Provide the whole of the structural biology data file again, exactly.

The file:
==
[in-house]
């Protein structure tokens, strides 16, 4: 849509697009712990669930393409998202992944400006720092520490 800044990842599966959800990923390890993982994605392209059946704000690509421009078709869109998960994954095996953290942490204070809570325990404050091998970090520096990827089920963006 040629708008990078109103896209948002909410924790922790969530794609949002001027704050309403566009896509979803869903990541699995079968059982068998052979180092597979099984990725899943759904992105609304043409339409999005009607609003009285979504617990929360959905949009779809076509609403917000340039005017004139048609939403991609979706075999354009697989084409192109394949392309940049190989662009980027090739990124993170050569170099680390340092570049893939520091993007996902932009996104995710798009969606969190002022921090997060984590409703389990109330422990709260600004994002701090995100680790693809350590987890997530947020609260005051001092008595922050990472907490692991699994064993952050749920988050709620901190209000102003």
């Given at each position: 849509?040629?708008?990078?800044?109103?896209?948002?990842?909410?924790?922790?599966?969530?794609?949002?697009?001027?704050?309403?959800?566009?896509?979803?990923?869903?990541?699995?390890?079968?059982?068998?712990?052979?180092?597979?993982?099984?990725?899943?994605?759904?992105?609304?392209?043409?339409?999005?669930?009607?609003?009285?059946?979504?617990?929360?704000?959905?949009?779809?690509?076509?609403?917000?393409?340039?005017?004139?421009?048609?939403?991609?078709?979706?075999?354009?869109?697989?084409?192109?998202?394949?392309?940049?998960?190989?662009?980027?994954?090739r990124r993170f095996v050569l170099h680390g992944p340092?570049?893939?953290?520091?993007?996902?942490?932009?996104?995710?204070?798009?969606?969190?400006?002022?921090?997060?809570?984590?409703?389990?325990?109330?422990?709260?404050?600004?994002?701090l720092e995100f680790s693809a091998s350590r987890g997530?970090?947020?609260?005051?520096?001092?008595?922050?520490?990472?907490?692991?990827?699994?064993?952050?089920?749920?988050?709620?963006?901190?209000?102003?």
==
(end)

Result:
[in-house]
């Protein structure tokens, strides 16, 4: 849509697009712990669930393409998202992944400006720092520490 800044990842599966959800990923390890993982994605392209059946704000690509421009078709869109998960994954095996953290942490204070809570325990404050091998970090520096990827089920963006 040629708008990078109103896209948002909410924790922790969530794609949002001027704050309403566009896509979803869903990541699995079968059982068998052979180092597979099984990725899943759904992105609304043409339409999005009607609003009285979504617990929360959905949009779809076509609403917000340039005017004139048609939403991609979706075999354009697989084409192109394949392309940049190989662009980027090739990124993170050569170099680390340092570049893939520091993007996902932009996104995710798009969606969190002022921090997060984590409703389990109330422990709260600004994002701090995100680790693809350590987890997530947020609260005051001092008595922050990472907490692991699994064993952050749920988050709620901190209000102003």
């Given at each position: 849509?040629?708008?990078?800044?109103?896209?948002?990842?909410?924790?922790?599966?969530?794609?949002?697009?001027?704050?309403?959800?566009?896509?979803?990923?869903?990541?699995?390890?079968?059982?068998?712990?052979?180092?597979?993982?099984?990725?899943?994605?759904?992105?609304?392209?043409?339409?999005?669930?009607?609003?009285?059946?979504?617990?929360?704000?959905?949009?779809?690509?076509?609403?917000?393409?340039?005017?004139?421009?048609?939403?991609?078709?979706?075999?354009?869109?697989?084409?192109?998202?394949?392309?940049?998960?190989?662009?980027?994954?090739r990124r993170f095996v050569l170099h680390g992944p340092?570049?893939?953290?520091?993007?996902?942490?932009?996104?995710?204070?798009?969606?969190?400006?002022?921090?997060?809570?984590?409703?389990?325990?109330?422990?709260?404050?600004?994002?701090l720092e995100f680790s693809a091998s350590r987890g997530?970090?947020?609260?005051?520096?001092?008595?922050?520490?990472?907490?692991?990827?699994?064993?952050?089920?749920?988050?709620?963006?901190?209000?102003?």